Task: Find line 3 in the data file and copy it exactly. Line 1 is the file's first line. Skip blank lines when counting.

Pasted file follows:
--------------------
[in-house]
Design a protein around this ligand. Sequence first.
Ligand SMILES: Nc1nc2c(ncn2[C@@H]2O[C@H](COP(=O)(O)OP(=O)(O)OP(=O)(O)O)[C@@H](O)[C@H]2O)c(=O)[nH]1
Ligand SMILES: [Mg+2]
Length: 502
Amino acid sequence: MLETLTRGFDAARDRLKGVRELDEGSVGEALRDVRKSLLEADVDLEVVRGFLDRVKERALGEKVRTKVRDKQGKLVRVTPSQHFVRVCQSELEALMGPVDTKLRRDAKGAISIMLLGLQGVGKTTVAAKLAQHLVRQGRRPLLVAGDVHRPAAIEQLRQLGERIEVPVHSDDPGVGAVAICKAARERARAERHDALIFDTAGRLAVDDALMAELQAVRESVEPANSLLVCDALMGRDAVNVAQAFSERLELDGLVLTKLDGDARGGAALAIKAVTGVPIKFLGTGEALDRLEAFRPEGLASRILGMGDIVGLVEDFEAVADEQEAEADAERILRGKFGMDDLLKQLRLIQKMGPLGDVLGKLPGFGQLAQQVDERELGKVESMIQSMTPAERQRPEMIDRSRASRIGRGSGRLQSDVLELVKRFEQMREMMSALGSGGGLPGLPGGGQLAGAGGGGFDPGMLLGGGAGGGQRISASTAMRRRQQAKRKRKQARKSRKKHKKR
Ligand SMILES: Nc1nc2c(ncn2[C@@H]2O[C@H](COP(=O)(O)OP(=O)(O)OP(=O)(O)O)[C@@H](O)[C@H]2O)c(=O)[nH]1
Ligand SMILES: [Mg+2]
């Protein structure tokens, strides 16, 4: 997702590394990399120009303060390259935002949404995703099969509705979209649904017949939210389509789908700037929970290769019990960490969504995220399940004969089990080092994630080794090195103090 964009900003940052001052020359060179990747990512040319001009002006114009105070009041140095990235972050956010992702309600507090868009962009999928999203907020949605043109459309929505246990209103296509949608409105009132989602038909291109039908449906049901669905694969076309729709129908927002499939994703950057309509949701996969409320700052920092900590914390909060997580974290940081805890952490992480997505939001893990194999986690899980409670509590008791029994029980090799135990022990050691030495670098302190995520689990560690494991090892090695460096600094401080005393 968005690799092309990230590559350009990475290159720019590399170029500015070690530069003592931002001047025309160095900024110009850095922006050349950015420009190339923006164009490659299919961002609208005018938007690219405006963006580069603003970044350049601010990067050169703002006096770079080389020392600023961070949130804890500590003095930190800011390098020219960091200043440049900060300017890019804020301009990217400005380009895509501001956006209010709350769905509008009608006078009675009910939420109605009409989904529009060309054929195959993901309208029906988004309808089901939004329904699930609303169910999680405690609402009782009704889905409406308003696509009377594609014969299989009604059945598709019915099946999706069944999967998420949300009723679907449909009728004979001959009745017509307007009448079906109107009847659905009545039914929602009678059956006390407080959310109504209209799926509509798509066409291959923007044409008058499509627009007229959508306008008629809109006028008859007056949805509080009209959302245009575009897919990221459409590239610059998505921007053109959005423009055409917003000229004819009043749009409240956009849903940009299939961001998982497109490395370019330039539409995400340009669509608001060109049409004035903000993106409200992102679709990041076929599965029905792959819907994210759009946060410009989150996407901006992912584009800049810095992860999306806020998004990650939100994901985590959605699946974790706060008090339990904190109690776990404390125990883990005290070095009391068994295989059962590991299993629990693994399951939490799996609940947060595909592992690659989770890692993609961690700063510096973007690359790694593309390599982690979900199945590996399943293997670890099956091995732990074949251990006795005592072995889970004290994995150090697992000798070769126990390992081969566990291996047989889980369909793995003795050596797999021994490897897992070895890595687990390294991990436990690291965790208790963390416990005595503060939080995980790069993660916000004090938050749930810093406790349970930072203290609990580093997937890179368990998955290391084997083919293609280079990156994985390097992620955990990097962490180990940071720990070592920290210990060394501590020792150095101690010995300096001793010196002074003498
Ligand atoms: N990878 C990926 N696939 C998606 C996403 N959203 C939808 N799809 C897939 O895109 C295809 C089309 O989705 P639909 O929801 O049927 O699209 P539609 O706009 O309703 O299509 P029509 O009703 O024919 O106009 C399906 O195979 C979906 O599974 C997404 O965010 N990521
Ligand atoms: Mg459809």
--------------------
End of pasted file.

Ligand SMILES: Nc1nc2c(ncn2[C@@H]2O[C@H](COP(=O)(O)OP(=O)(O)OP(=O)(O)O)[C@@H](O)[C@H]2O)c(=O)[nH]1